This time front and centre, former Specials member Neville Staple reveals a harder, no-nonsense approach to a variety of Caribbean music.
One of punk's most charming instigators, Neville Staple has periodically recorded as a solo artist since his days as both a member of the Specials and Fun Boy Three. Staple was but a fraction of either of those bands so that you could feel his influence only partially. On his full-length release, Ska Crazy!, you get the unadulterated Staple, which forces his talents up front and center and reveals his harder, no-nonsense approach to other Caribbean music like mento and rocksteady.
Possibly one of the most slept-on albums in the last handful of years, Ska Crazy! is a collection of tightly spun, tunefully escapist pop (albeit one with a few socially conscious messages). Its thickly ruffled ska ensures a full dance floor and Staple interestingly opts to put his punk past to rest for much friendlier engagements.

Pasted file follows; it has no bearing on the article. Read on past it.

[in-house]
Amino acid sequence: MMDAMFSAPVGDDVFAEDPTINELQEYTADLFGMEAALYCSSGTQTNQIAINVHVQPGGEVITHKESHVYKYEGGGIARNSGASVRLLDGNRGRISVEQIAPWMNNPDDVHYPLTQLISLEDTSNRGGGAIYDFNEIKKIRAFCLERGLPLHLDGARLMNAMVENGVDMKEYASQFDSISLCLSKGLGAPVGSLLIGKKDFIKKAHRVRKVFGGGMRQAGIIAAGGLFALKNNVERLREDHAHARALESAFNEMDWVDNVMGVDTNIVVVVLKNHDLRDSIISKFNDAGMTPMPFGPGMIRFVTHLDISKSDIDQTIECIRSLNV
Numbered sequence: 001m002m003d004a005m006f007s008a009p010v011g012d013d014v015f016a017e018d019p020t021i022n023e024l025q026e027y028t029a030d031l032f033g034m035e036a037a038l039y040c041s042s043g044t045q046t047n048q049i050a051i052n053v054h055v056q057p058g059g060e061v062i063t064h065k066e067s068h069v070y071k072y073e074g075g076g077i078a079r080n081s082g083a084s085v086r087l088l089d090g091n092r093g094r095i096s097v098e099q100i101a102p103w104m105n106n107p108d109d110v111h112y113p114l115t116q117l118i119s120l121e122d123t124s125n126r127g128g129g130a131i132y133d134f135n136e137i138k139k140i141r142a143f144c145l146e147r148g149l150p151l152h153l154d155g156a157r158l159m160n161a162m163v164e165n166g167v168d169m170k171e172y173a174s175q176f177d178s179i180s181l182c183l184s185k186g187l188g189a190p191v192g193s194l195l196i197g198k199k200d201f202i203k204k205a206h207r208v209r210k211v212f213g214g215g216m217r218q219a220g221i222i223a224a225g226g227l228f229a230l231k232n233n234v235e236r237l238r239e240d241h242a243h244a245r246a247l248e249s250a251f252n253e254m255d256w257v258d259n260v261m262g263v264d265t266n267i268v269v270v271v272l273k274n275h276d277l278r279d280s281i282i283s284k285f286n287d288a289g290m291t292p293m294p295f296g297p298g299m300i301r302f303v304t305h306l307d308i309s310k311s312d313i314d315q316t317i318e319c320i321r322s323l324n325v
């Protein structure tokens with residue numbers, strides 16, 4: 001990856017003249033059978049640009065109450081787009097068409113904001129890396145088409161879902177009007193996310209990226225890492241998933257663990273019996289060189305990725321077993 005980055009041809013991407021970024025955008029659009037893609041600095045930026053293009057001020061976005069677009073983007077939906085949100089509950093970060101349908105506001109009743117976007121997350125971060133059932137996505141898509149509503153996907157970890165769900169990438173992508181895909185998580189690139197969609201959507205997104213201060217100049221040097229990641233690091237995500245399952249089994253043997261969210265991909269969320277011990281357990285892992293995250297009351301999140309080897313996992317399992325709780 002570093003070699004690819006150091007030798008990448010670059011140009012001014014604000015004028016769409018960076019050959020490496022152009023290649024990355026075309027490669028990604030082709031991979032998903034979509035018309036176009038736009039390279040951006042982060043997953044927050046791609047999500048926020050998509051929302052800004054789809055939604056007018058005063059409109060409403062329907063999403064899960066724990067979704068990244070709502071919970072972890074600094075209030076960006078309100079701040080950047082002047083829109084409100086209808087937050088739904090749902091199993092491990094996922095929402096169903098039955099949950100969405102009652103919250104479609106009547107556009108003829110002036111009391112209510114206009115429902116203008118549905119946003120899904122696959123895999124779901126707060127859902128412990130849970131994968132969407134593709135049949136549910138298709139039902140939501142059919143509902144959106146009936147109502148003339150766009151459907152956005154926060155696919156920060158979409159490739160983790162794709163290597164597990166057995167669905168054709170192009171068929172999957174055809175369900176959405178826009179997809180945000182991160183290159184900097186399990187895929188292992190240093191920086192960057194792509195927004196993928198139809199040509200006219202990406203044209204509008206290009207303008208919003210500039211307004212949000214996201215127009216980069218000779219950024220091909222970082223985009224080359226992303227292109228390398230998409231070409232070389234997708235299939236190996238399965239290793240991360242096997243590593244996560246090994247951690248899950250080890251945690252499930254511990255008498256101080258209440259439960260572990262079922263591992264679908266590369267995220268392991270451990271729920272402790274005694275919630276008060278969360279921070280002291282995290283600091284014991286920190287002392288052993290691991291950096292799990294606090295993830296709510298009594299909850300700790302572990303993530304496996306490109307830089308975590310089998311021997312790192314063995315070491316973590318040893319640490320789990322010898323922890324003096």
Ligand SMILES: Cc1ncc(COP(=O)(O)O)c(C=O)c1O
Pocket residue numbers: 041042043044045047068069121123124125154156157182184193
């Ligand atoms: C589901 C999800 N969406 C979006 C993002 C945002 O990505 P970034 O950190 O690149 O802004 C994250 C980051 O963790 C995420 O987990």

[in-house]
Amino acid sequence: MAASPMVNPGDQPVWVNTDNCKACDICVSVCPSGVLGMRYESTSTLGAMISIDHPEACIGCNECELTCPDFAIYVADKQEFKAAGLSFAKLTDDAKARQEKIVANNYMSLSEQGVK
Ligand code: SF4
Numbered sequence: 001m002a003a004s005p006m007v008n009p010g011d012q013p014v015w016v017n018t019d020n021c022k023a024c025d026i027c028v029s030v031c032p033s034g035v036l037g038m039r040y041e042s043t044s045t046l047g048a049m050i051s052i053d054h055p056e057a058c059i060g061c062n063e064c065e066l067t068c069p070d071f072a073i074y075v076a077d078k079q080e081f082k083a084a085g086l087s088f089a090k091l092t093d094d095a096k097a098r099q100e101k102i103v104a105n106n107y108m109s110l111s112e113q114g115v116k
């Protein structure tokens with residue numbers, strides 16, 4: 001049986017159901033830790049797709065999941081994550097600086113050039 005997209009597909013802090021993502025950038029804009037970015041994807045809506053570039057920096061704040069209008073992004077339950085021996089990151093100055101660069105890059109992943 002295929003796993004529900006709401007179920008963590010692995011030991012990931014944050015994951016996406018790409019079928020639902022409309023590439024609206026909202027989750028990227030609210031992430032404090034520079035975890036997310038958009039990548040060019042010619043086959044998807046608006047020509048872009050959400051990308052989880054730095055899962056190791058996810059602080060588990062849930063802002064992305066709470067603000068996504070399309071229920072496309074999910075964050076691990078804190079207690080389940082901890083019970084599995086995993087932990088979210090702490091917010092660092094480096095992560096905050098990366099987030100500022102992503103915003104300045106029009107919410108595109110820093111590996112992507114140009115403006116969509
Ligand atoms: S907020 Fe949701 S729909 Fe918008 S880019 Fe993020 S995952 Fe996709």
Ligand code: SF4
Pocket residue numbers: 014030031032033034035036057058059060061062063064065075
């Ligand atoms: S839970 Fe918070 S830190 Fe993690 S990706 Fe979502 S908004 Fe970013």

Still holding fast to the two-tone sound that gave birth to an influential music and subculture in England, Ska Crazy! also invites a certain bluesy twang into its fold; there is a certain Sergio Leone vibe to the proceedings which gives the music an added dimension of cinematic splendor. It is Staple's vocals, however, that deliver this package in full with the pop music seal of approval. Crisp and melodious, his vocals accent the jaunty rhythms with an application that is carefree and effervescent. Cleopatra Records have done their part in promoting some of the most sidelined artists to have ever recorded music, and it is only a shame that Staple's harmonic rush of ska-pop couldn't get the radio push it truly deserved upon its initial release.